The first disaster occurred at the end of February 2000, when airborne solders of a Parachute Desyant Company were massacred in or following a helicopter landing on a forest-covered hill near Ulus Kert. The second occurred in April 2007, when an HIP Mil Mi-8 helicopter carrying men of the 22nd Spetsnez Military Intelligence Brigade crashed near Sanoy, killing all the men aboard. The brigade had been called to help units already on the ground who were in pursuit of an insurgent group but had become bogged down in mud. The Russian HIP helicopters were old, most twenty-five years old or more, with reduced rotor thrust and other control problems. Further, in the HIP and other Russian helicopters the pilot’s range of vision was limited to the front, making landings in windy conditions in small tree-lined spaces very dangerous indeed. Between 19 August 2002 and 27 April 2007, a total of eighteen helicopters were lost in Chechnya, seven by fire from the ground, three by crashing into a mountain, and the remainder by technical problems or pilot error causing rotor blades to hit treetops. But as the Russian pursuit attacks became progressively more effective, Chechen forest and mountain resistance fell. The strategy of opposition changed to one of sporadic attacks in Russia and the neighboring autonomous republics. The death of the leading Chechen guerrilla leader led to a nominal cease-fire and the installation of a client regime. In Russia itself the small number of casualties per month continues to arouse criticism, and on a remote forest-lined stretch of the Moscow-St. Petersburg railway, North Caucasian insurgents blew up the prestigious Nevsky Express train in November 2009, killing twenty-six people and wounding at least a hundred.

References

Much useful information on the Chechnya operations may be found in Lieutenant-Colonel C. W. Blandy, North Caucasus: Problems of Helicopter Support in Mountains (Swindon, UK: Defence Academy of the United Kingdom, 2007).

Michael Orr, “Better or Just Not So Bad, an Evaluation of Russian Combat Efficiency in the Second Chechen War,” and Lester W. Grau “Technology and the Second Chechen Campaign,” both in Anne Aldis, ed., The Second Chechen War (Swindon, UK: Strategic and Combat Studies Institute, 2000)

Soviet Pursuit of the Superfortress

During the Second World War, Soviet Premier Josef Stalin had asked America for Boeing B-29 Superfortresses through lend-lease but was rebuffed as the United States had correctly surmised that the allied status of the two countries might not survive the war and did not want to deliver the Americans’ most advanced bomber to the Soviet Union. Undeterred, Stalin set about having his agents find out all the information they could about the B-29 and tasked Andrey Tupolev (and Vladimir Myasishchev) with the job of designing an aeroplane that was the equal of the B-29 in capabilities; this project was known internally in the Tupolev OKB as the `64′.

By the end of the Second World War, the only indigenous four-engined bomber design that the Soviets possessed was the obsolete Pe-8, though they also had a few Lancasters, B-17s and B-24s that had been abandoned by the Western Allies on Soviet soil and rebuilt to flying status, and the three B-29s that had been interned. Stalin recognised the need for a modern strategic bomber that was also capable of carrying the nuclear bomb then being developed, and directed Andrey Tupolev and Vladimir Myasishchev to develop such an aeroplane. The Tupolev aircraft was designated as the `64′, while the Myasishchev designs were designated as the `M-202′ (`DVB-202′) and `M-302′ (`DVB-302′).

Before the fortuitous arrival of the three force-landed B-29s in the Soviet Far East, the Soviet Union, in the form of the Tupolev OKB, had begun development on a four-engined bomber that would have similar capabilities to the B-29.

The Soviets first became aware of the Boeing B-29 Superfortress bomber in 1943, at about the same time that development of the Soviet nuclear weapon began. It was apparent that a new, capable bomber was needed to deliver this new weapon, so the Soviets, recognising the capabilities of the B- 29, set about creating a bomber of their own that mirrored its abilities. It was also at this time that the Tupolev OKB began developing the `64′ as just such a bomber. The OKB was directed in September 1943 to develop a mock-up and preliminary design for this high-altitude, long-range heavy bomber, which was to be powered by Shevtsov M-71TK-M engines. In addition, the bomber was to have remote-controlled turrets, and pressurised cabins, as with the B-29.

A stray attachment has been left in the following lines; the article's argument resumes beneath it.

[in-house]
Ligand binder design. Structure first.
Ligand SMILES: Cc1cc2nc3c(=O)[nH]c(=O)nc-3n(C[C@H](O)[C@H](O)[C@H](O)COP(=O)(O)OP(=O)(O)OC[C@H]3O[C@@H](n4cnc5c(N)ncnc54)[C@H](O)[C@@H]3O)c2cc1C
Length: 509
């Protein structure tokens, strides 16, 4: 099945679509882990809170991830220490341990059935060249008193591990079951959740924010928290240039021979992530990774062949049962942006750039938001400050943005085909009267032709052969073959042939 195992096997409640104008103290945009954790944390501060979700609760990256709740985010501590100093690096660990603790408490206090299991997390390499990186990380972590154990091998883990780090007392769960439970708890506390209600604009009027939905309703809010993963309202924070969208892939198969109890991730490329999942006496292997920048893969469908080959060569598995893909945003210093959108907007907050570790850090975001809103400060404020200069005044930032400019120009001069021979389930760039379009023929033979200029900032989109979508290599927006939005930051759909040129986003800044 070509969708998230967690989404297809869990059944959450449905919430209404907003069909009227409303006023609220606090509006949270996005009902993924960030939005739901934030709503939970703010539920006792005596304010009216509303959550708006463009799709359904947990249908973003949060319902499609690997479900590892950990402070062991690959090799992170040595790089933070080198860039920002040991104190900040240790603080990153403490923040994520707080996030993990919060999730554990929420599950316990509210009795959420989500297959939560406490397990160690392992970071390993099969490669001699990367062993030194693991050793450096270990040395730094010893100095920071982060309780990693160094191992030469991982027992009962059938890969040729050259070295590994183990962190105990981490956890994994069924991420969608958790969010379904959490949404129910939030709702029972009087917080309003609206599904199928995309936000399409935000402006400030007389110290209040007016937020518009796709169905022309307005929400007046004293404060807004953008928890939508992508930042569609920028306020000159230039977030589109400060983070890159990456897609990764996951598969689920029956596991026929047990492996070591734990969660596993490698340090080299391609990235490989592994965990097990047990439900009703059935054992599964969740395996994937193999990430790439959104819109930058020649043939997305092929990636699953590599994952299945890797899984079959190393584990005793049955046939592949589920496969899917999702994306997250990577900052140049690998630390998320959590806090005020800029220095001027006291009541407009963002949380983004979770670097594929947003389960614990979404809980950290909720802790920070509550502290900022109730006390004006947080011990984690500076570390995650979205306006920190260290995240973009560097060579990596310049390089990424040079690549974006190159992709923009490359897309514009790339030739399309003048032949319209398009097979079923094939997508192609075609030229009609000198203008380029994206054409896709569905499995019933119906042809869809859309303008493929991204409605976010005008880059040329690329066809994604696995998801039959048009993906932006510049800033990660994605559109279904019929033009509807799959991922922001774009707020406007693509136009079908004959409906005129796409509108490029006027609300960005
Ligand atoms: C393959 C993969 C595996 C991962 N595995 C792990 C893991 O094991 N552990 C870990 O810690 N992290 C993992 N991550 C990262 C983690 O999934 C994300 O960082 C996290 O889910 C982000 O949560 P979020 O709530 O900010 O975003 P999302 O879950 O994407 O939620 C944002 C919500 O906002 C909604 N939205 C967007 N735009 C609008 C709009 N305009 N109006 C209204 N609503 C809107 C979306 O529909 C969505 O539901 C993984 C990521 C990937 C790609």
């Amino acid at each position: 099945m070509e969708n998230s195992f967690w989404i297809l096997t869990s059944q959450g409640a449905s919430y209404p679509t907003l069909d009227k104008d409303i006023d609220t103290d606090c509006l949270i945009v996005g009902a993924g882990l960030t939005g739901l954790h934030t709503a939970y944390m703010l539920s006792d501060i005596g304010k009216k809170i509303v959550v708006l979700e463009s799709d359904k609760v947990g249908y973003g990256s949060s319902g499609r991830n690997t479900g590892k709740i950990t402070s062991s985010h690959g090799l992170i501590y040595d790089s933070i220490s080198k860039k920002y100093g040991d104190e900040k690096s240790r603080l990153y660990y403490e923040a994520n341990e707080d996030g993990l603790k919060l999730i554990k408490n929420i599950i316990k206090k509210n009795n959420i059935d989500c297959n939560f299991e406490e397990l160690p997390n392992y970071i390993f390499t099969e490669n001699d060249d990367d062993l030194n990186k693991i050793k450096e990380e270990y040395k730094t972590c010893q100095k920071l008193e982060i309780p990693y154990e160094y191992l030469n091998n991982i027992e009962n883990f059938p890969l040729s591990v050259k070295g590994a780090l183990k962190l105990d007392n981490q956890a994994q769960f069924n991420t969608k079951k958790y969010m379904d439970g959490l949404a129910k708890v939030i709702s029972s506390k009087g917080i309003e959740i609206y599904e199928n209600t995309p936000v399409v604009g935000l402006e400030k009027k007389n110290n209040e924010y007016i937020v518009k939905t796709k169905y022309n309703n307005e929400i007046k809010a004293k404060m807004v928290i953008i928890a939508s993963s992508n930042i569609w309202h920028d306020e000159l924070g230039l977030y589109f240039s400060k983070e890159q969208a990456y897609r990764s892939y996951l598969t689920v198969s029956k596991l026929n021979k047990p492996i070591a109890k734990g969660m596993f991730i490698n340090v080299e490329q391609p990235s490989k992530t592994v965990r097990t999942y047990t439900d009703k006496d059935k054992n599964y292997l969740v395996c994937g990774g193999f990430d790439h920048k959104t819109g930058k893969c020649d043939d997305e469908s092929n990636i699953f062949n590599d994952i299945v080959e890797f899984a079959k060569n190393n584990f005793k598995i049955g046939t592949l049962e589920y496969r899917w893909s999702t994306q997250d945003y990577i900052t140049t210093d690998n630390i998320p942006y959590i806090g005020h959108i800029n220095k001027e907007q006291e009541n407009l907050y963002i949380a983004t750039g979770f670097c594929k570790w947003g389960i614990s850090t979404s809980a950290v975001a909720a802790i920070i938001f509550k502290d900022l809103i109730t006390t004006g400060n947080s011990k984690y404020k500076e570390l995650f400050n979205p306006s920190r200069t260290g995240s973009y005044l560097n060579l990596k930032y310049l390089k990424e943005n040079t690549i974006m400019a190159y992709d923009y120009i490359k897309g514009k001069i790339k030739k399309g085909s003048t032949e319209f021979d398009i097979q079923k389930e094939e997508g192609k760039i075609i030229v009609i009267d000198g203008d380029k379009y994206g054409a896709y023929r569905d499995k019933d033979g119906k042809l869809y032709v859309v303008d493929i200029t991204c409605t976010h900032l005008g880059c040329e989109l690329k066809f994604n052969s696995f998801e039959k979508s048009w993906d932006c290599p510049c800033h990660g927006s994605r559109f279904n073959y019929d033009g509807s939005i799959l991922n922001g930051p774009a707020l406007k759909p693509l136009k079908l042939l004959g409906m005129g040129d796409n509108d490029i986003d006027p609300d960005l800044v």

This aircraft was to have the following specifications: a range of 3,107 miles (5,000 km) with a full bomb load of 22,046 lb (10,000 kg) at 249 mph (400 kph), a maximum speed of 311 mph at 32,808 feet (500 kph at 10,000 m), and a bomb bay capacity of 22,046 lb (10,000 kg). It was also to have a range of 3,728 miles (6,000 km) with a bomb load of 15,432 to 17,637 lb (7,000 to 8,000 kg).

Drawing upon what he knew about the B-29 (and what Soviet spies were able to determine) and his own considerable engineering capabilities, by August 1944, Tupolev had readied the preliminary design of the Soviet B-29 `analogue’ (analogous in capability to the American B-29). Again, it was not to be a direct copy, but was to be capable of the same missions and with a similar overall performance. The aircraft was to be a long-range four-engined bomber capable of carrying a maximum bomb load of 39,683 lb (18,000 kg), with bombs of up to 11,023 lb (5,000 kg) in calibre. One can see that this bomb load was much greater than what had initially been called for-22,046 lb (10,000 kg). The pressurised cabins were to allow the crews to fly in comfort up to an altitude of 26,247 feet to 32,808 feet (8,000 m to 10,000 m).

Defensive armament was to consist of turrets armed with either two or canopies mentioned previously, and 2,300 hp AM-46TK-3PB engines. The low-wing configuration would have made it easier to turn the aircraft into a passenger aircraft, but in the event, no version of the `64′ ever passed beyond the mock-up stage, as the reverse-engineering of the B-29 proved successful, rendering the `64′ redundant.

`M-202′ (`DVB-202′)

This was the first of the Myasishchev OKB’s analogues to the B-29 and design work began in 1944. It is obvious from the extant drawings of the design that it drew heavily on what was known of the B-29, which the DVB- 202 very strongly resembled. It also drew upon experience from Myasishchev’s earlier attempt at a modern long-range bomber, the DVB-102.

Like the B-29 (and the Tu-4), the M-202 was to be a large, four-engined monoplane with a non-stepped flush cockpit, and a retractable tricycle landing gear. Again, as with the B-29, it featured a heavy defensive armament, in the form of four remote-controlled turrets and a manned tail turret. The first variant of the M-202 had the turrets arranged in the same way as the B-29, with two dorsal turrets fore and aft on the fuselage, two ventral turrets fore and aft on the fuselage, and a tail turret. Another variant had both of the dorsal turrets mounted in the forward fuselage, with the ventral turrets being mounted fore and aft, and a tail turret being included.

The following specifications were issued for the M-202: a maximum speed of 373 mph at 32,808 feet (600 kph at 10,000 m), a ceiling of 39,370 feet (12,000 m), and a range of 3,728 miles (6,000 km) at a height of 32,808 feet (10,000 m) with a bomb load of 8,818 lb (4,000 kg).

Development of the M-202 was stopped in favour of the improved M-302.

`M-302′ (`DVB-302′)

The second of Myasishchev’s B-29 analogues, it was a development of the M-202. Using the same basic layout of the M-202, the M-302 was designed to use four of the Shvetsov ASh-72TK turbo-charged radial engines. The M-302 lost out to the Tu-4 and was not proceeded with, even in prototype form. The DVB-402 was a development of the DVB-302 that had a raised cockpit, instead of the flush B-29-type cockpit. Likewise, it was not proceeded with.